As the S&P 500 (INDEXSP:.INX) essentially limped along in May, long short hedge fund Amici was up nearly 7% in its Amici Strategy Fund. The strong May is good news for the hedge fund, which struggled after the recent death of strategy founder Alex Porter.

Alex Porter  Amici

Amici “friends” with benefits from relative value strategy

Porter, who first founded Porter Management in 1976, which was later changed to Porter Orlin before becoming Amici, passed on April 18, 2014.  Amici translates to “friends” in Latin and it refers to the initial few investors he found among his friends.  The firm now has 27 employees and $2.146 billion under management, according to an investment letter recently reviewed by ValueWalk.

The primarily trading strategy is long-short relative value play in stocks.  Sources indicate the team likes to trade within different sectors, selling a momentum tech stock, for instance while purchasing a financial sector stock. Such s strategy, when executed on an even basis between the buy and sell sides, isolates the investor to a degree from overall stock market risk as the short exposure and long exposure would ideally rise and fall at the same percentages during an overall market crash.

Partial strategy risk analysis

A significant risk exposure in the relative value strategy is not only the alpha of the individual manager, but also the percentage of allocation they have both long and short.

Index performance numbers will show that long / short hedge funds are typically correlated to the stock market during crashes. This is due to the fact their relative value trades are typically leveraged to the long side. Typical ratios in an equity hedge fund long / short strategy might see 70 percent to 80 percent long to 30 percent or 40 percent short.  In managed futures, for a point of reference, long short ratios in relative value spreads are known to work closer to 50 percent balance.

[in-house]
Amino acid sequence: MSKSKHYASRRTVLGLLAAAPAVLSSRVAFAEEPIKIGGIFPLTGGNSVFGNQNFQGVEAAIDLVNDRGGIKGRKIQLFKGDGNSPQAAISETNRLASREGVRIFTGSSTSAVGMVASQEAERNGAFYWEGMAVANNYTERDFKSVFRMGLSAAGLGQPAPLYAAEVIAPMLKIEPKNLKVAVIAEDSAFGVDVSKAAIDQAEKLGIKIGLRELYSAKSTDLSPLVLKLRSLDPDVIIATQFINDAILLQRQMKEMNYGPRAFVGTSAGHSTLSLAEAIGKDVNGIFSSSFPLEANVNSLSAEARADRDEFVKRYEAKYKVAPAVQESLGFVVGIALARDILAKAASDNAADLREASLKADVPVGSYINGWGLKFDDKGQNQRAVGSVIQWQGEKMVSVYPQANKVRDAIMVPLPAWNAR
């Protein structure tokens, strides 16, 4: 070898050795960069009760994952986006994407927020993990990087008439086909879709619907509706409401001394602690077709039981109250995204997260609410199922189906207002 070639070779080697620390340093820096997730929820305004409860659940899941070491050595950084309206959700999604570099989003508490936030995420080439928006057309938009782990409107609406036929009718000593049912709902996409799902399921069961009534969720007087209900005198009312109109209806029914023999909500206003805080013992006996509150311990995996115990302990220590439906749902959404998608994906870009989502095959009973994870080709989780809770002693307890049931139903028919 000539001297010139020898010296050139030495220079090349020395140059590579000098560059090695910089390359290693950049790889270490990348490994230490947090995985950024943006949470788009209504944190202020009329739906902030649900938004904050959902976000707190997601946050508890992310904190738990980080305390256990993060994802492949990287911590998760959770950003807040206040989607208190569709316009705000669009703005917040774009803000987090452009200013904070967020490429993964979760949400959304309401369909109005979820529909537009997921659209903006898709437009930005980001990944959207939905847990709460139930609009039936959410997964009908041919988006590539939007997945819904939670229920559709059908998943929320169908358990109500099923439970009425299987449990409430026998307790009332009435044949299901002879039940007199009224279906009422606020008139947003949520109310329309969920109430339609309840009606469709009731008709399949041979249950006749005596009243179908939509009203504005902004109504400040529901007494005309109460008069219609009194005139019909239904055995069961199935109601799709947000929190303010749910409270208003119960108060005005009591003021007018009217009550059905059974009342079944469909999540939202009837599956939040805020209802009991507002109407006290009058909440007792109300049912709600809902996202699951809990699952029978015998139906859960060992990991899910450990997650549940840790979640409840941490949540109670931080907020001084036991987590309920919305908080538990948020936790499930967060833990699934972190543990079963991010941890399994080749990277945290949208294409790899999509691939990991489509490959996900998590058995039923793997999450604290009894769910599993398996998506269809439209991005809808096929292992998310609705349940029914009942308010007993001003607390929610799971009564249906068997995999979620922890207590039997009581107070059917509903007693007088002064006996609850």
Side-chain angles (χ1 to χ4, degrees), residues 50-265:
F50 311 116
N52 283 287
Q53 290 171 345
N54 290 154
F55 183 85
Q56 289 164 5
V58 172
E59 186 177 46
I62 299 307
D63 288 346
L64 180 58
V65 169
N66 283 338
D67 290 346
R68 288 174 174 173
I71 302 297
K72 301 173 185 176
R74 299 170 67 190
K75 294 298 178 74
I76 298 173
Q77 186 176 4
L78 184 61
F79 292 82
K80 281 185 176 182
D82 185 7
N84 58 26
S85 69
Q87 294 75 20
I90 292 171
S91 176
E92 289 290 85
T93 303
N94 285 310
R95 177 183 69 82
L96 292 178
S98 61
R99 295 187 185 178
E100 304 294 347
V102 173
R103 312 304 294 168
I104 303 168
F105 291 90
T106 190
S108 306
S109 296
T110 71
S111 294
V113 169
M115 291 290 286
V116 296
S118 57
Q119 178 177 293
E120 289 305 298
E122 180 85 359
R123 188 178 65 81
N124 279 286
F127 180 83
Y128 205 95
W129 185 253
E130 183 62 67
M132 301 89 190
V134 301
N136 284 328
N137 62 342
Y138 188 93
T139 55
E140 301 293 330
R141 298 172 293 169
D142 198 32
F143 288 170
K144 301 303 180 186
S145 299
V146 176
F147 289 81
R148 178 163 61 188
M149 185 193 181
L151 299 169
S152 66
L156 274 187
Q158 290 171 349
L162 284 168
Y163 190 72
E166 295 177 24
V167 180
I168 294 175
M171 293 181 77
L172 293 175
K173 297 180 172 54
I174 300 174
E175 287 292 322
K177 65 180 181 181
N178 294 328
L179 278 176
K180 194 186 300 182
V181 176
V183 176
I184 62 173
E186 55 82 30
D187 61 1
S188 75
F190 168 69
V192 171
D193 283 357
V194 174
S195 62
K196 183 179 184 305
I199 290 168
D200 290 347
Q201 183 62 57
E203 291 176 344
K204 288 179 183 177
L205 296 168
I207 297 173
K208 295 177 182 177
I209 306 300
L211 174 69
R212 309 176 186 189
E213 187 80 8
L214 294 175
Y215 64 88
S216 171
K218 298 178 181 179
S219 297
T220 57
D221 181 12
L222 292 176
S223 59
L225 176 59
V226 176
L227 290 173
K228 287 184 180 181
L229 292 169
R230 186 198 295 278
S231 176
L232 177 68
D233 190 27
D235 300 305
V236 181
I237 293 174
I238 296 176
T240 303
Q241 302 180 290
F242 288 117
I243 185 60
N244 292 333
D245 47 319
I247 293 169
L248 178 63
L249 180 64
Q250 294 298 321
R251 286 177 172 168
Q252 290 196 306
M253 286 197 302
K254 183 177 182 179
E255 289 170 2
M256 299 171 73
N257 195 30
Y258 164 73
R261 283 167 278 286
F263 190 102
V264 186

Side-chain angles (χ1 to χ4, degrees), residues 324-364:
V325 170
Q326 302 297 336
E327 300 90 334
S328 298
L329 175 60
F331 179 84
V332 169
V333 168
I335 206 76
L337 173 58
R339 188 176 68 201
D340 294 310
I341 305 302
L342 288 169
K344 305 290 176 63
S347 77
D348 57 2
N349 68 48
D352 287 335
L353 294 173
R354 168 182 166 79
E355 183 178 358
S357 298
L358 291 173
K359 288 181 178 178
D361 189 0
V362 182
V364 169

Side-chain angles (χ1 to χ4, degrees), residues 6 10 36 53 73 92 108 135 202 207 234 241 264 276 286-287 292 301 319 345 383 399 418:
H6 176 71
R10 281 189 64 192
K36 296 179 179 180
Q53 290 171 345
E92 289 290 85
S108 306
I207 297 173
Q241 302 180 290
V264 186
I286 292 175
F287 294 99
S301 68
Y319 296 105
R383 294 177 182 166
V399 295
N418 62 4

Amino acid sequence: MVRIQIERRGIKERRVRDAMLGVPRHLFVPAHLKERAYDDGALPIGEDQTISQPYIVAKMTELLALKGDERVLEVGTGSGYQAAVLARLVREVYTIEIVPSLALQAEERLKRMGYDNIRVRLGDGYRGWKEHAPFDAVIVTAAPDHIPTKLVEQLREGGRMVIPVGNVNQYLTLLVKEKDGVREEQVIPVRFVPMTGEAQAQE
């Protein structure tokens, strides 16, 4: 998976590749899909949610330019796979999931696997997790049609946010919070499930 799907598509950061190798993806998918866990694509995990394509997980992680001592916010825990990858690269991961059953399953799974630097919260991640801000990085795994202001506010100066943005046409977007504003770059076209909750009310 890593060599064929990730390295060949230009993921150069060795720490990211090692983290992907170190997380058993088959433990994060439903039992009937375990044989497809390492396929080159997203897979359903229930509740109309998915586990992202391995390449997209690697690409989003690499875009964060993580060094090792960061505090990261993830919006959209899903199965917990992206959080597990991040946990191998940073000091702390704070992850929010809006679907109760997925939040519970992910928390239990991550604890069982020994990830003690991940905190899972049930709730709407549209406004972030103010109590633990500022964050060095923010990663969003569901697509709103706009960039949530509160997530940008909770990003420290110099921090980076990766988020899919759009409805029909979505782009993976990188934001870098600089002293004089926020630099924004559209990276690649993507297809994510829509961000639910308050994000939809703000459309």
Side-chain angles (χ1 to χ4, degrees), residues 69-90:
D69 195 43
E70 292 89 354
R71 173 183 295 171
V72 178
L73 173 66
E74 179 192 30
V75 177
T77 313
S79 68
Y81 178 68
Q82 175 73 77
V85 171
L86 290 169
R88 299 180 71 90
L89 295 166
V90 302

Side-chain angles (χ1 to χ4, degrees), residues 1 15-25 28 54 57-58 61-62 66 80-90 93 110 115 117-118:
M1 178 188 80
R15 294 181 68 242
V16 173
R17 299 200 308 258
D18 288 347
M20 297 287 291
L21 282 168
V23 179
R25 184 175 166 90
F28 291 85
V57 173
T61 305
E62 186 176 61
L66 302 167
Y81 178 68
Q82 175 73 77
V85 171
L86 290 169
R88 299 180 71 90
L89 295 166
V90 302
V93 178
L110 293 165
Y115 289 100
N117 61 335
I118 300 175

When operated close to a 50/50 basis, the strategy results in managed futures prove out the theoretical assumption that such a balanced relative value strategy would be equity market neutral.  Within a relative value strategy, however, it should be noted that some managed futures hedge funds utilize a trend following strategy for their spread trading.  This observes momentum patterns between the variance of two different investments and helps the relative value fund manager determine the stage of divergence a spread could be experiencing.  At extreme divergence points, relative value traders are known to establish a position and then watch for convergence back to the mean.

Old spread trading norms giving way to new life

This spread trading strategy initially found its roots trading the same product category. The now crowded strategy of playing what is known as the “crack” spread in the oil market, buying oil, for instance, and selling petroleum products, for instance.  This well worn strategy has given way to sophisticated relationships between products or stocks that might not have an outward correlation to one another but, during a market crash, can deliver clutch performance.